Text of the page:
CLASS IX.--Of "Lusus naturae" none is more curious than that of duplication of the lower extremities. Pare says that on January 9, 1529, there was living in Germany a male infant having four legs and four arms. In Paris, at the Academie des Sciences, on September 6, 1830, there was presented by Madame Hen, a midwife, a living male child with four legs, the anus being nearly below the middle of the third buttock; and the scrotum between the two left thighs, the testicles not yet descended. There was a well-formed and single pelvis, and the supernumerary legs were immovable. Aldrovandus mentions several similar instances, and gives the figure of one born in Rome; he also describes several quadruped birds. Bardsley speaks of a male child with one head, four arms, four legs, and double generative organs. He gives a portrait of the child when it was a little over a year old. Heschl published in Vienna in 1878 a description of a girl of seventeen, who instead of having a duplication of the superior body, as in "Millie-Christine, the two-headed nightingale," had double parts below the second lumbar vertebra. Her head and upper body resembled a comely, delicate girl of twelve.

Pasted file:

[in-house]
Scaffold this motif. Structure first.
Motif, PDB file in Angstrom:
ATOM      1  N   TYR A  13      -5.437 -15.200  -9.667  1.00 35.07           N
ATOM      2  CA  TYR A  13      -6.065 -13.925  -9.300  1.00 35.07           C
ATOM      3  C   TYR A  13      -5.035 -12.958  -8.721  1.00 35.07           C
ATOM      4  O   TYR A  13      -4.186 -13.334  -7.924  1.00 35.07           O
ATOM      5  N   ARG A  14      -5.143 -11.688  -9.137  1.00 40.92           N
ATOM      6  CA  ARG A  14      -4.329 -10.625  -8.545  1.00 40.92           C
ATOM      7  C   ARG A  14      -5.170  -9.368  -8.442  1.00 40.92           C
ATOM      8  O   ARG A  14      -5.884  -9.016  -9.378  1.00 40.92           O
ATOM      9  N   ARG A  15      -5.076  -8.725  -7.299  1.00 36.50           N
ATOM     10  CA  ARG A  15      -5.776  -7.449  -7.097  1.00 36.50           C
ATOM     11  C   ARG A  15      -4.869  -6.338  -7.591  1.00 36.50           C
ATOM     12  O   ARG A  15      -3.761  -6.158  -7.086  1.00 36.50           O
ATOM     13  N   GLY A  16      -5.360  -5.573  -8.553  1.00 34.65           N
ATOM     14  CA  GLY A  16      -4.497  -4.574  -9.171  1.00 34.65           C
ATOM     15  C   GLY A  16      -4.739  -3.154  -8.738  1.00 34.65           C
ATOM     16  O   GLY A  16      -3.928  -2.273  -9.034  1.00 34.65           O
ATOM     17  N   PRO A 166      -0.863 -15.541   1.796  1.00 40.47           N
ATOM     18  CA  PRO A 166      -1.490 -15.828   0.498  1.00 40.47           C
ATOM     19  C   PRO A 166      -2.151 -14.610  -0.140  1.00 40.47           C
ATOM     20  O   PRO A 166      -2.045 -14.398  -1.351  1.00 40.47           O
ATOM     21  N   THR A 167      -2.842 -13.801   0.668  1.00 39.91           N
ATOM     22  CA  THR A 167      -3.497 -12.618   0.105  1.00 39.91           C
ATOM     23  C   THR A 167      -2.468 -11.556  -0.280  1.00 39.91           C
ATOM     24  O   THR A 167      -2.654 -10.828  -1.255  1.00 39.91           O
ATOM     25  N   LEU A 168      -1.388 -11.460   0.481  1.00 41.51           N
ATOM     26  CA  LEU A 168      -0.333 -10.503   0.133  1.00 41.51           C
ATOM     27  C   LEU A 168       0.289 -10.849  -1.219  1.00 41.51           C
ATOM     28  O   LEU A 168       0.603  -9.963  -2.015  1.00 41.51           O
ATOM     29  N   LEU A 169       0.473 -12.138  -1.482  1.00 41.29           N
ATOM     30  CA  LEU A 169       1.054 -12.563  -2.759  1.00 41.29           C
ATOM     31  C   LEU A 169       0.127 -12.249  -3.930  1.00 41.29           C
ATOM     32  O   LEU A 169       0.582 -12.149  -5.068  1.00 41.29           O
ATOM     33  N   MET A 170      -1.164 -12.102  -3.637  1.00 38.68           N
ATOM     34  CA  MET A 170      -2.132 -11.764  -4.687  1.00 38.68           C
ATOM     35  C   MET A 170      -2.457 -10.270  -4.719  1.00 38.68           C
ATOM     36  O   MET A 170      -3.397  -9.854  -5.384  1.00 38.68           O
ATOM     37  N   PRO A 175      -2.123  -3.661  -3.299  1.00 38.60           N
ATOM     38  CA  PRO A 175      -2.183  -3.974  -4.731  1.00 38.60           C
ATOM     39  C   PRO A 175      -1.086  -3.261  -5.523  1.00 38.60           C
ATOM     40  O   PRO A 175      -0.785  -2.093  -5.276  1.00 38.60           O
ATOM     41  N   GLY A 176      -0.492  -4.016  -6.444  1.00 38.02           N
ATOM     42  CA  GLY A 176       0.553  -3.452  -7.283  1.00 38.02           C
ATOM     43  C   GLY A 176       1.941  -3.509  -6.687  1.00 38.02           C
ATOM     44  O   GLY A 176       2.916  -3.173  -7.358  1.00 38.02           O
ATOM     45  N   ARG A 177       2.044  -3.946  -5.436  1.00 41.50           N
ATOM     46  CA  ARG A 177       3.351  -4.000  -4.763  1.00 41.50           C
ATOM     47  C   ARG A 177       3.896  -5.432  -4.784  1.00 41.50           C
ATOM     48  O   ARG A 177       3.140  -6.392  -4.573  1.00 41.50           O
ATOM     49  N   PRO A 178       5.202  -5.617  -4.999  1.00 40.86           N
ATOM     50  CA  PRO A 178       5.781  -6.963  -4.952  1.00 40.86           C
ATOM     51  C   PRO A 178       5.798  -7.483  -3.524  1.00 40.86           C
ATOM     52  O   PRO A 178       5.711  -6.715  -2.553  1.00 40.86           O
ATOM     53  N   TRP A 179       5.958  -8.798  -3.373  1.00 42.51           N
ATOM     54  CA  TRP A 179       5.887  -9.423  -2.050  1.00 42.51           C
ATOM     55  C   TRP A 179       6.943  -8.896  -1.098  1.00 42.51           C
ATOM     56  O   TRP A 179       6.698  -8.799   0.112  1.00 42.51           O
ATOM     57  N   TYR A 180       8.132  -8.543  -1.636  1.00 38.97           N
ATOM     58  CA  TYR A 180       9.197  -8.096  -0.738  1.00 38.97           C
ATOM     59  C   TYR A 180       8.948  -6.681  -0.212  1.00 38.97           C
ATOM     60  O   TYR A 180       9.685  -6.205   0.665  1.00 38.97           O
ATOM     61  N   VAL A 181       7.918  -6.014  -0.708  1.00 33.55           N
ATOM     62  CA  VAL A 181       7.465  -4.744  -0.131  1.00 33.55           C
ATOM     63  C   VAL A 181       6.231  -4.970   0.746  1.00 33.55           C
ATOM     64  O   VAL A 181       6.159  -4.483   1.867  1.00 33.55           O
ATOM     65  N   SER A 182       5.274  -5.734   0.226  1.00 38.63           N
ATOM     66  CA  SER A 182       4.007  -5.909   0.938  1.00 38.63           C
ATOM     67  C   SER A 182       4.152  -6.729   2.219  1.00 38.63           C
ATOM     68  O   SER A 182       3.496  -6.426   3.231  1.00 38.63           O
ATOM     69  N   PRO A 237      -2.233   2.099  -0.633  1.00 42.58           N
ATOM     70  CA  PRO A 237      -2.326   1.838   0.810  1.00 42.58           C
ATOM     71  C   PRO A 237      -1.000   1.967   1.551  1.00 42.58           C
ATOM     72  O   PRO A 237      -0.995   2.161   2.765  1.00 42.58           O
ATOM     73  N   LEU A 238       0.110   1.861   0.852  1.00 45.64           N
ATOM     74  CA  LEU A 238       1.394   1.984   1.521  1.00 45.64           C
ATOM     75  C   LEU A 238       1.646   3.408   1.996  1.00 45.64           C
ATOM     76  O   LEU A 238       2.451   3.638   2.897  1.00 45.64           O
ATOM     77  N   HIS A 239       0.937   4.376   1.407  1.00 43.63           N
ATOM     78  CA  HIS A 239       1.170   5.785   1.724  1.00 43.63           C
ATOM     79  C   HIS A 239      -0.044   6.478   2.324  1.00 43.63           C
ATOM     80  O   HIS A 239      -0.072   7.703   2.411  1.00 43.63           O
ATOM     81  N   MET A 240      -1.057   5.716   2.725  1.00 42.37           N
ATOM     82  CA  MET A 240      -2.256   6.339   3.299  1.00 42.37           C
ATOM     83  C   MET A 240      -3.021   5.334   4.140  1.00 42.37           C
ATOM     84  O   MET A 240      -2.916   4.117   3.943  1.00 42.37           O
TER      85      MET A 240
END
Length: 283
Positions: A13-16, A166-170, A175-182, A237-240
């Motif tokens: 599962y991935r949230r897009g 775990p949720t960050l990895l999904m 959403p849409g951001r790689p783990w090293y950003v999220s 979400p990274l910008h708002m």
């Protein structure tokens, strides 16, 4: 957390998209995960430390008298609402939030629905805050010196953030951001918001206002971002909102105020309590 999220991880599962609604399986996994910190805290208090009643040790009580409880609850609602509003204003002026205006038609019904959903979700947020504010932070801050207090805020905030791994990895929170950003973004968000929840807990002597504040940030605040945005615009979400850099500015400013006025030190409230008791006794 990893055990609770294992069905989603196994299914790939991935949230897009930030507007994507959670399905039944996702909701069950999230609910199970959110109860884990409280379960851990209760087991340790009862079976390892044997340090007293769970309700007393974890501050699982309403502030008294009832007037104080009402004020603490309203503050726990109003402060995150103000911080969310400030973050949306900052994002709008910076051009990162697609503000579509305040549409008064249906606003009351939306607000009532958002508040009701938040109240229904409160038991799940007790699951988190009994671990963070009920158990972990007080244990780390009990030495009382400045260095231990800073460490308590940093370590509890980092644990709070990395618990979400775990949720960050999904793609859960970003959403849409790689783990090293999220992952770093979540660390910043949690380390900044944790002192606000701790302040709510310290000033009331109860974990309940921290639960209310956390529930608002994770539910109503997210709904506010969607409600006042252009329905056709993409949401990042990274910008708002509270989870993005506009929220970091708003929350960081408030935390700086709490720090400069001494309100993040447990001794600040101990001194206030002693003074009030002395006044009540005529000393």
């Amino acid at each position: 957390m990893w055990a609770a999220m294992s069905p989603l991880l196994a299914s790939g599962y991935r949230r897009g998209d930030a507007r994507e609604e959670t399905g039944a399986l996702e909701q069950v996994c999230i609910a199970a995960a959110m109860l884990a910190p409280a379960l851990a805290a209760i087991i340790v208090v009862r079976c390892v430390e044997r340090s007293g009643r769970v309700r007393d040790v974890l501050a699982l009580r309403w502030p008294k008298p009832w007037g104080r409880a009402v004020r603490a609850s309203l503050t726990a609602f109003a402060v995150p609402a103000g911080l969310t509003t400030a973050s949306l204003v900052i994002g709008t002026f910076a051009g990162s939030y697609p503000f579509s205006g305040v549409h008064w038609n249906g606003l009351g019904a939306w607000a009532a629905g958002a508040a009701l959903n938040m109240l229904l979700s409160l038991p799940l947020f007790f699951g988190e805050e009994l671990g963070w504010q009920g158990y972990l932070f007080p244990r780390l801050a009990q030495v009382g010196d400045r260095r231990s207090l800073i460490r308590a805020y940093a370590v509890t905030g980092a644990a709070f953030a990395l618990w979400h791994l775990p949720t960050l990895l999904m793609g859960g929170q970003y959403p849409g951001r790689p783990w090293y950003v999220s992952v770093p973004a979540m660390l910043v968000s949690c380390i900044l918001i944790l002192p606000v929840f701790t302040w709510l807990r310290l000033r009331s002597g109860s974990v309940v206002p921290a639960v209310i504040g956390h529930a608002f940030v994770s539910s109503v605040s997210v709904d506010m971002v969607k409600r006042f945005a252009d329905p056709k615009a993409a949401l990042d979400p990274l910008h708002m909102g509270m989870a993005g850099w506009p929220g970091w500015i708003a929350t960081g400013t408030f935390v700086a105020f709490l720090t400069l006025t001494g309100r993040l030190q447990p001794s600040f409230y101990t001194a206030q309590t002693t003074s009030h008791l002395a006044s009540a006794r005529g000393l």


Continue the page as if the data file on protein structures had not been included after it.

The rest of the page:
Wells a describes Mrs. B., aged twenty, still alive and healthy. The duplication in this case begins just above the waist, the spinal column dividing at the third lumbar vertebra, below this point everything being double. Micturition and defecation occur at different times, but menstruation occurs simultaneously. She was married at nineteen, and became pregnant a year later on the left side, but abortion was induced at the fourth month on account of persistent nausea and the expectation of impossible delivery. Whaley, in speaking of this case, said Mrs. B. utilized her outside legs for walking; he also remarks that when he informed her that she was pregnant on the left side she replied, "I think you are mistaken; if it had been on my right side I would come nearer believing it;"--and after further questioning he found, from the patient's observation, that her right genitals were almost invariably used for coitus. Bechlinger of Para, Brazil, describes a woman of twenty-five, a native of Martinique, whose father was French and mother a quadroon, who had a modified duplication of the lower body. There was a third leg attached to a continuation of the processus coceygeus of the sacrum, and in addition to well developed mammae regularly situated, there were two rudimentary ones close together above the pubes. There were two vaginae and two well-developed vulvae, both having equally developed sensations. The sexual appetite was markedly developed, and coitus was practised in both vaginae. A somewhat similar case, possibly the same, is that of Blanche Dumas, born in 1860. She had a very broad pelvis, two imperfectly developed legs, and a supernumerary limb attached to the symphysis, without a joint, but with slight passive movement. There was a duplication of bowel, bladder, and genitalia. At the junction of the rudimentary limb with the body, in front, were two rudimentary mammary glands, each containing a nipple.